Rekawa beach is a 2 minute walk; the beach is wild and not great for swimming, but deserted and incredibly beautiful. It’s a great place for a long morning walk post-yoga or an afternoon nap in the sun. They are in the process of building a salt water pool for the sanctuary which will be a great addition.
Breakfast begins with large pink coconut, fresh fruit, some sort of take on porridge (I was never sure if it was sweet or savoury) with either ground flour or grains or both. Followed by curry and traditional Sri Lanka accompaniments like hoppers, coconut samba and onions. And then finally comes your Ayurvedic medicine mixed up with plant-based ingredients with some very suspect smells and textures, not for the feint hearted!
The Ayurvedic treatment begins after breakfast, the descriptions of which were often in Sri Lankan (e.g. ‘Shirodhara’ and ‘Abyanga’) with no explanation so it was always a surprise when I entered the treatment room!
I had everything from face masks, to full body massages, chakra treatments and herbal baths. My most interesting and unusual treatment was Sarwangadhara. Firstly, I was asked to undress and lay naked on a big wooden bench. The table was built at a slight angle so liquid could run down into a hole. I was covered, no, smothered, in the most incredible way with a special oil. The giant drum of oil had my name on it, so I assume it was mixed with various things deemed beneficial for me. Words can’t accurately describe volume of warm oil that was poured over me, all the while the dexterous therapist rubbed it into me with her other hand. Very very relaxing, once I got over my bemusement. Until she asked me to turn over onto my back and I slipped around in the oil like a sardine in it’s tin until I’d come all the way around. Getting off the table was also no mean feat either.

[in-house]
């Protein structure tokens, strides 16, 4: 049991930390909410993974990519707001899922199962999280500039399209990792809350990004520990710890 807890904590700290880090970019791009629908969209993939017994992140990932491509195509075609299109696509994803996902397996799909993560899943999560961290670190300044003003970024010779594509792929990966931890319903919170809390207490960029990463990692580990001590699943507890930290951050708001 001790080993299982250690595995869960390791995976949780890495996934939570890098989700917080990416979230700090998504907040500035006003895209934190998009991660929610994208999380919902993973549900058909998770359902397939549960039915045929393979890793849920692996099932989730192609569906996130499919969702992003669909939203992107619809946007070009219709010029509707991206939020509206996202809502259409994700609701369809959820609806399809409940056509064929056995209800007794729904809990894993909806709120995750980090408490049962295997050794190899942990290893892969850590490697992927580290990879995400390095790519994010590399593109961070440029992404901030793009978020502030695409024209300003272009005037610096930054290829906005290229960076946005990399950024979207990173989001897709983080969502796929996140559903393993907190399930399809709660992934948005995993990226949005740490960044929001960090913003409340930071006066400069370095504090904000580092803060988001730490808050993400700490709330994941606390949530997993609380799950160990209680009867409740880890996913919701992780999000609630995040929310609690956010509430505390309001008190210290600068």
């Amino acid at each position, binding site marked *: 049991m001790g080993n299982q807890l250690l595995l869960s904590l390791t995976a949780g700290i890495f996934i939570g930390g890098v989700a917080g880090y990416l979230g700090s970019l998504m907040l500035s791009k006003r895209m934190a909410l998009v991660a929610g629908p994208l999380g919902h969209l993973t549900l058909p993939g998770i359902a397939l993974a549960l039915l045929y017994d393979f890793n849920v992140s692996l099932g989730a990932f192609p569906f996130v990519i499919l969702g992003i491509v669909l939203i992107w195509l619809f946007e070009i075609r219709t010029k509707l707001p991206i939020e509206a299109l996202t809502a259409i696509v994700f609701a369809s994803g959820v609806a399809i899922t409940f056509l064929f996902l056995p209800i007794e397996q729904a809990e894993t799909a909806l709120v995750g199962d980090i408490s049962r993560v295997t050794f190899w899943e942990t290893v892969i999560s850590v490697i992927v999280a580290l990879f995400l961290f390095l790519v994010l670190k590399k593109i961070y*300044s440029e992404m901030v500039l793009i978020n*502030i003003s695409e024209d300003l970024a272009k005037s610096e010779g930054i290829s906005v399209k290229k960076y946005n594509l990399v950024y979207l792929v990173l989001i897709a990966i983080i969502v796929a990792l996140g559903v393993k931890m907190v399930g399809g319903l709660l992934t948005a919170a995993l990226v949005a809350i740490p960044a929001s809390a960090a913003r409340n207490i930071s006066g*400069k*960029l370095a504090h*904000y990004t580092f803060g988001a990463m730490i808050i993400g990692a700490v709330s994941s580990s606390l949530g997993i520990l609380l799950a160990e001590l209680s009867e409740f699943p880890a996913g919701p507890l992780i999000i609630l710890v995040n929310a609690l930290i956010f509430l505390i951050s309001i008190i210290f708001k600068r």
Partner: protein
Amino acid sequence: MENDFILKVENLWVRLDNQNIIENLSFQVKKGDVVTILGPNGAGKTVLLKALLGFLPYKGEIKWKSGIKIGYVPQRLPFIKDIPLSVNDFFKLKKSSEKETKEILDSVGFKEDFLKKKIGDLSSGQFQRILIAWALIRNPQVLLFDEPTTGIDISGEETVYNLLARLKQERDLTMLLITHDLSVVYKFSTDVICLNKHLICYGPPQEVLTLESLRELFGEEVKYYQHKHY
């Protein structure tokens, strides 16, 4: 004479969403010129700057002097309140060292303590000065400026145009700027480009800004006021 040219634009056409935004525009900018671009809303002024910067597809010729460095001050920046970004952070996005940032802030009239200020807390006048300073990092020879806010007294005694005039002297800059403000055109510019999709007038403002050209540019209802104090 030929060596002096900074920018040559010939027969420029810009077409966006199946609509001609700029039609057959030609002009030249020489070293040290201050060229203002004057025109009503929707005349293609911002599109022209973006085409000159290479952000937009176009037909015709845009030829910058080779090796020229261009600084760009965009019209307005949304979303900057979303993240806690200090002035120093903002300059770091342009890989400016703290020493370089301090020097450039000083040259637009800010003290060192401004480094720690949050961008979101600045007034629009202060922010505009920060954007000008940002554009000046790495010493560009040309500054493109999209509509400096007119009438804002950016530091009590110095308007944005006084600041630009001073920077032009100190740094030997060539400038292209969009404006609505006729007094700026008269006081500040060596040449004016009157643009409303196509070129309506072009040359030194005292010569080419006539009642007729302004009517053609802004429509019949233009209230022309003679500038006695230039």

Most days, there are activities in the afternoon – ranging from trips to a local temple, market visits, meditation with a monk and cooking classes. We did a temple visit and watched the sun go down over the jungles of the Southern coast. We also did a cooking class which I loved with a very handsome chef call Bony. I will share the recipes for Dal and Hoppers soon!
In the evenings there is a local turtle conservation project and if you let the sanctuary known they’ll tell you when you can go and watch the turtles lay their eggs. Otherwise no one is allowed on the beach after 7pm. It’s so inspiring to see these little grass roots projects and these people with very little themselves working so hard to protect the turtles. The sight of the 1.5m green turtle laying over 100 eggs in the dark was amazing.
You’re experience at Sen Wellness will in part be determined by what teachers are in residence at the time and what they are trained in. We had 3 beautiful women whilst I was there: a lithe young British/Indian teacher who had recently finished her teacher training in Rishikesh and specialised in Hatha, a gloriously fair British Kundalini master with a very cheeky smile but a fellow Virgo with a very warm heart and finally, an etherial Dutch woman who was mesmerizingly quirky and made you want to live a more peaceful life with her breath work and creativity practice.
We chanted, we meditated, we listened to the magical gong, we drew, we did sensory mindfulness, we did breathing exercises, we accidentally fell asleep sometimes, we almost did headstands, we giggled and we sent positive energy out. We learnt a lot from these three women.
Guests can opt to join a set 10-day retreat or just visit for a set number of days.
Thank you to everyone who made our 5 days so magical, and a special thank you to Sam, the lovely owner of Sen, who has truly created a sanctuary to heal both the spiritual and the physical self in beautiful Sri Lanka.